At its heart, the purpose of roasting coffee is to take the hard, dense, (relatively) flavorless seeds of the coffee cherry and turn them into a source from which you can extract something special. That's it. There are no laws, no boundaries, and no guidelines to roasting coffee other than the end goal of deliciousness. When a pallet of green coffee arrives at the roastery, it doesn't come with an instruction manual or a "how-to" guide, and when the sacks are unloaded and the truck has driven away, all the roaster of the coffee is left with is the question of what to do next…
Depending on the experience and training of the roaster, this question can be incredibly daunting or somewhat easier to answer. I find there is a predictable trajectory that roasters often experience in their journey from beginner to seasoned professional (and every stage in between). In the beginning, the question of what to do next is immense, almost debilitating, as the completely understandable lack of experience inhibits the roaster from knowing the cause and effect of roasting theory and roasting results. As more and more experience is gained (usually through trial and a lot of error) roasters will often feel more comfortable with their equipment and the results they produce. Certain roasts match intended results, there seems to be less and less errors, and it feels as though cause and effect actually do align: one plus one now equals two. Then, there is the next level-up in the game. As the hours of roasting and cupping and roasting and cupping accumulate, more theory is learned and more training undertaken, it becomes plainly clear to the roaster that all is not remotely as it seemed. The more you learn, the more you disprove until a point is reached where not only does one plus one not equal two anymore but you begin to doubt whether the idea of one ever existed, and if you should have ever been looking for two in the first place... This is largely due to the subjective nature of any culinary product, but it can often make the roaster feel as though they are back where they started, and the question of “now what?” becomes daunting again not from being under-informed but from being over-informed.
Over the past few years at Mano a Mano I have trained with a number of reputable coffee roasters (Scott Rao, Sang-Ho Park, Peter Wolff), and I have found that not only is there no one way to roast coffee with delicious results, but there is also no advantage in looking for it. Flavour is subjective, and this is what makes it so exciting to work with a product as complex as specialty coffee. Because there are no rules, it becomes possible to roast coffee that is delicious in any number of ways, which allows us to leave behind the notion of “good” or “bad” roasting and the idea of prescribed “roasting styles”. Quality occurs on a spectrum, but just as with light, no one colour is more colourful than another, because it is the shade of the colour that is most important. When roasting, it is crucial that you roast to your desired style, make it as vibrant and pronounced as possible. By doing this, you achieve not only deliciousness, but belief and pride in what you produce.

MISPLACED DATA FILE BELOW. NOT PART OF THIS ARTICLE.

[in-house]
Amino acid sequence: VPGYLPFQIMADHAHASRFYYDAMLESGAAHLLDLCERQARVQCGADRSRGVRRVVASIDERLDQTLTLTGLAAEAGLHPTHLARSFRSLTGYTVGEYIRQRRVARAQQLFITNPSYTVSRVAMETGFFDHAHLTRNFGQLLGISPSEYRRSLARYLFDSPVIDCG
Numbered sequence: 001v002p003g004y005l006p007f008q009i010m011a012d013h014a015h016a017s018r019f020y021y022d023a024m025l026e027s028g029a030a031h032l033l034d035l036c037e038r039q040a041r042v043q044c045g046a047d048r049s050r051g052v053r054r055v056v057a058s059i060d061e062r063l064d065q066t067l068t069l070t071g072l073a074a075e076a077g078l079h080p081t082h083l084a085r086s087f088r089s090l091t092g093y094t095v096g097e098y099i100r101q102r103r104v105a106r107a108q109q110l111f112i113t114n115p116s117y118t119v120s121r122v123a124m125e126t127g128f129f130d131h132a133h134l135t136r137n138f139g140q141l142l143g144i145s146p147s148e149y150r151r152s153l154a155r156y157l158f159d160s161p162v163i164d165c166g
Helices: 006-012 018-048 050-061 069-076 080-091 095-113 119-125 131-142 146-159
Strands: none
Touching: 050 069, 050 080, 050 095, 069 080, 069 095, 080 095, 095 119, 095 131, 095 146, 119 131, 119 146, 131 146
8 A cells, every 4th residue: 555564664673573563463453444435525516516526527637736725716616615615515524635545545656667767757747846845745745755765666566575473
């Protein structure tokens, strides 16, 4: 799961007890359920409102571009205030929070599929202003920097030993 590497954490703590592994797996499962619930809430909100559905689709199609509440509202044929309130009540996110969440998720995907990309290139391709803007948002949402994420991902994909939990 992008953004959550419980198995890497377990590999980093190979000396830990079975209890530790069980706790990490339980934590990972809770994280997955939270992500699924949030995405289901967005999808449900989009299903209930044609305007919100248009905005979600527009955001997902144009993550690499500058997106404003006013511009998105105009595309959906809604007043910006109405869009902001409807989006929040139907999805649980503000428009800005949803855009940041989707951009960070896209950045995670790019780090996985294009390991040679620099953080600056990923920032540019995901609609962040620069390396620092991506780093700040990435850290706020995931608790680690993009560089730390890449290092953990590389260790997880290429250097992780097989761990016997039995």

At Mano a Mano Coffee, we have had this as our ""roasting style" since day one. It is written in our mission statement for everyone to see: “We roast in small batches to express terroir, botanical variety, geography, and the individual producer's impressions”. This is what we are proud to produce. We don't roast "filter" or "espresso" coffee, we roast every coffee to maximum sweetness, highest quality of acidity, with as little roast character as possible across all brew methods. This is what we believe takes coffee from the hard, dense, (relatively) flavourless seeds of the coffee cherry and turns them into a source from which you can extract something truly special.
Mano a Mano Coffee.